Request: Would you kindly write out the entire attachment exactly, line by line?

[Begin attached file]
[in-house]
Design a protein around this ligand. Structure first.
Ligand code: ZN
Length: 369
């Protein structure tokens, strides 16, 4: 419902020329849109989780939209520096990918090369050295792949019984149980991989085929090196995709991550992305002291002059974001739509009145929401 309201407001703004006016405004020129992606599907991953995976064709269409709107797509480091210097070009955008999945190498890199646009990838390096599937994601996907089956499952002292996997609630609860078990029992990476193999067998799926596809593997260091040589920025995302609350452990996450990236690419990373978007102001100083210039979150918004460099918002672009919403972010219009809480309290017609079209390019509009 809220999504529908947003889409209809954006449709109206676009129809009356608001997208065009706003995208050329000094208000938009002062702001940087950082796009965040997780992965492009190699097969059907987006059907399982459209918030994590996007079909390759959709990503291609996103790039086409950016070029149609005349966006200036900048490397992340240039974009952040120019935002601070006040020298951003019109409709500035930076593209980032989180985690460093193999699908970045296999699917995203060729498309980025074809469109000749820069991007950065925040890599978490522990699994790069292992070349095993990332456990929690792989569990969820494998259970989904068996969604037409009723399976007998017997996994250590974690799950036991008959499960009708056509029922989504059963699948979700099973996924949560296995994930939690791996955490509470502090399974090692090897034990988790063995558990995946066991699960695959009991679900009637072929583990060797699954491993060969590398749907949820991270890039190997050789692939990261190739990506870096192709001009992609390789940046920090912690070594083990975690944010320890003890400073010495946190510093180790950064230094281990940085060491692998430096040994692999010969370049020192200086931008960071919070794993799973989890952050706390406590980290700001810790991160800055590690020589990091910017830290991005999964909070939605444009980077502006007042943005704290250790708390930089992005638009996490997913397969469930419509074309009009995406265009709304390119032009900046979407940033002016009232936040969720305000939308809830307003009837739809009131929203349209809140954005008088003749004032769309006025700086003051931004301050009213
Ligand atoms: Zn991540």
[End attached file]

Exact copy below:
[in-house]
Design a protein around this ligand. Structure first.
Ligand code: ZN
Length: 369
């Protein structure tokens, strides 16, 4: 419902020329849109989780939209520096990918090369050295792949019984149980991989085929090196995709991550992305002291002059974001739509009145929401 309201407001703004006016405004020129992606599907991953995976064709269409709107797509480091210097070009955008999945190498890199646009990838390096599937994601996907089956499952002292996997609630609860078990029992990476193999067998799926596809593997260091040589920025995302609350452990996450990236690419990373978007102001100083210039979150918004460099918002672009919403972010219009809480309290017609079209390019509009 809220999504529908947003889409209809954006449709109206676009129809009356608001997208065009706003995208050329000094208000938009002062702001940087950082796009965040997780992965492009190699097969059907987006059907399982459209918030994590996007079909390759959709990503291609996103790039086409950016070029149609005349966006200036900048490397992340240039974009952040120019935002601070006040020298951003019109409709500035930076593209980032989180985690460093193999699908970045296999699917995203060729498309980025074809469109000749820069991007950065925040890599978490522990699994790069292992070349095993990332456990929690792989569990969820494998259970989904068996969604037409009723399976007998017997996994250590974690799950036991008959499960009708056509029922989504059963699948979700099973996924949560296995994930939690791996955490509470502090399974090692090897034990988790063995558990995946066991699960695959009991679900009637072929583990060797699954491993060969590398749907949820991270890039190997050789692939990261190739990506870096192709001009992609390789940046920090912690070594083990975690944010320890003890400073010495946190510093180790950064230094281990940085060491692998430096040994692999010969370049020192200086931008960071919070794993799973989890952050706390406590980290700001810790991160800055590690020589990091910017830290991005999964909070939605444009980077502006007042943005704290250790708390930089992005638009996490997913397969469930419509074309009009995406265009709304390119032009900046979407940033002016009232936040969720305000939308809830307003009837739809009131929203349209809140954005008088003749004032769309006025700086003051931004301050009213
Ligand atoms: Zn991540």